Wednesday, May 25, 2011

So, you think you've got a book in you, but you need help getting it out

I'm frequently approached by people wanting to know if I can help them write their book; of course they’ve got a great idea for a bestseller!

To help people understand what’s involved in ghostwriting/co-authoring, I’ve put together a 10 page booklet explaining what’s involved in blunt detail.I’ve edited that booklet down to the bare bone basics for this blog post.

So, if you think you may have a book in you and want some help getting it out, read this first. I’ll probably change your mind.

You can download the full booklet as a PDF by clicking here.

There’s nothing spooky about it

For many, the idea of ghostwriting is a mysterious endeavor, but it needn’t be. Writing is writing, and all writing involves plain hard work.

Usually, one person (the author/writer) comes up with an idea and then puts that idea or story into words and creates their book.

With ghostwriting/co-authoring, the work is shared between the “author” and the “writer”: You, the author/client generate the idea and general content, and the ghostwriter (or co-author), crafts your message into the final product.

You, the author, are the subject matter expert (SME). You know your subject inside and out and can probably talk at great length about your core ideas. But writing may not be as easy for you.

Reasons for using a ghostwriter / co-author

A ghostwriter/co-author is needed because, while you know your subject well and most likely can give an effective presentation or short speech on your topic, you may feel you are not as skilled when it comes to writing for print.

There are many “authors” who are not “writers.” The bottom line is that there is no shame in using the services of a ghostwriter/co-author.

Before contacting a writer, there are some key questions you should consider and answer honestly.

Why do you want to write a book?

You need to clearly decide (a) what your book is going to be about and (b) why anyone would want to read it.

What do you want to say? Why do you feel a need to share this message? Who is the message for? What do you want people to do after they read your book? What are your motives and purposes for writing this book?

Here are a couple of wrong reasons for writing a book!
  • If you’re looking to write a smash bestseller that will earn you a ton of money fast, then most likely you’re off track right from the start. If your passion for money or notoriety is greater than your passion for your message, odds are your book will not succeed.
  • If you approach a writer and say, “God told me to write this book,” they’ll most likely be skeptical. Especially if you’ve done no research, don’t have a clear idea what the outline of the book will be, and have no expertise on the topic. If God truly told you to write a book, He also will give you a strong idea, it will most likely have some relevance to your experience or expertise, and He also will provide the funds for hiring a writer.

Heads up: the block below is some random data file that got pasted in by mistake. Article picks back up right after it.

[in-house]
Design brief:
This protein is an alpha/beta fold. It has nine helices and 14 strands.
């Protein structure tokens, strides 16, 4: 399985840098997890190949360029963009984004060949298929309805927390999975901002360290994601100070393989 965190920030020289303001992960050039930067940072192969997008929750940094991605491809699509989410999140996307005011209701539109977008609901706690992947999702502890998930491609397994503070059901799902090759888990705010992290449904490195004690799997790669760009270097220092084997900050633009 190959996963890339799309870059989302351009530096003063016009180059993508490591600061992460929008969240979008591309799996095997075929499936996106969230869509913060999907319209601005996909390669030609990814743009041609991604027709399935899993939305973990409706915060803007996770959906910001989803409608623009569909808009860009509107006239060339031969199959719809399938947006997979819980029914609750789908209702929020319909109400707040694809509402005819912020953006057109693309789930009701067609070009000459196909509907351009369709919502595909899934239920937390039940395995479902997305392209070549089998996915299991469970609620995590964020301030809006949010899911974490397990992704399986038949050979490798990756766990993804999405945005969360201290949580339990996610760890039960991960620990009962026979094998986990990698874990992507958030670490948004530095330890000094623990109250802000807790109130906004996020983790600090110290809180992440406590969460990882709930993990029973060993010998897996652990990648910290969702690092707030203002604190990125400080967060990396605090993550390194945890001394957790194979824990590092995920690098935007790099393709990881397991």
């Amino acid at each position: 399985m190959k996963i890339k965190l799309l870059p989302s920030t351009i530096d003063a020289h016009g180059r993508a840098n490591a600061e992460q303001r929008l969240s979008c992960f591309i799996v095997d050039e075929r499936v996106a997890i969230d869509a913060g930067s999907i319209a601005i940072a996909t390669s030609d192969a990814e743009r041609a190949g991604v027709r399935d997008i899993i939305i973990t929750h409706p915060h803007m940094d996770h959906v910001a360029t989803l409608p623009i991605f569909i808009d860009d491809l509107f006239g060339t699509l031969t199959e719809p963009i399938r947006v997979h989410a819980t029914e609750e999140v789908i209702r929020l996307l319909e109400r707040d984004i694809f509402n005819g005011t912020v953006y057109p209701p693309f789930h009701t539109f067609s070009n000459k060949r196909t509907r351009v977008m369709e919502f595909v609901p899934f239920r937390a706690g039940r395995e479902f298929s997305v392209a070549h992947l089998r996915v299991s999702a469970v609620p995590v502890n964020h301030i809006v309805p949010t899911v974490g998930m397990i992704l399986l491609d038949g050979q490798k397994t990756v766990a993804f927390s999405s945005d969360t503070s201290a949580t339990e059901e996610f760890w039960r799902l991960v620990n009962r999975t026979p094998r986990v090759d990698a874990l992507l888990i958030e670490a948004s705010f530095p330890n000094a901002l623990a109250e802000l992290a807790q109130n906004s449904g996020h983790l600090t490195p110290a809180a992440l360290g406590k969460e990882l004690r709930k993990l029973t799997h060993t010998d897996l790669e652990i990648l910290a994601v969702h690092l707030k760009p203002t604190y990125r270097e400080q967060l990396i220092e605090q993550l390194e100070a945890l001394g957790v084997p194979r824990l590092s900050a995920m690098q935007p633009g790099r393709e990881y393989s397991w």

What are some better reasons for writing a book?
  • If you are an SME on a topic and you are giving speeches or presentations, or conducting seminars on that topic, then a book that you can sell to your audience is probably a good idea.
  • If you are a minister, pastor, or evangelist, and you have done a series of sermons around a specific topic, then putting those sermons into a book could be a great idea. However, merely taking transcripts of speeches or sermons, doing minor editing, and publishing them as books is a bad idea. There is an art to taking a spoken presentation and crafting it for the printed page.
  • If you have had a very unique, challenging, or inspirational experience that others have asked you more than once to put into a book, then you may have a good reason to write a book (or an article).
  •  If you are involved in a ministry or not-for-profit organization that provides a special or unique community service, then a book about what you do and the people you serve could be an effective fund-raising tool.
If you don’t have a good, strong reason for writing the book, and no real passion for your topic, then a book is not the thing to do. Consider doing an article instead.

Also, if you’re not a SME on your topic (for example, you're a business person writing about theology), you will need to work very hard to establish why anyone should pay attention to what you have to say. Credentials are critical to credibility.

How much effort are you willing to put into your book?

Just because you hire a writer doesn’t mean there’s no work for you to do!

Remember, you’re the SME and your job is to help the writer know and understand what you already know and understand about your topic.

Since writers can’t read minds this is going to take some effort on your part.

Do you have the financial resources for such a major project?

Every project is unique and every book is a substantial undertaking. Writing a book, and writing it well, is hard, time-consuming work. When planning your budget for a book-length project, think in terms of thousands of dollars.

Still interested in doing a book? Then go ahead and download and read the full booklet by clicking here. And then send me an email.

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Thoughts?

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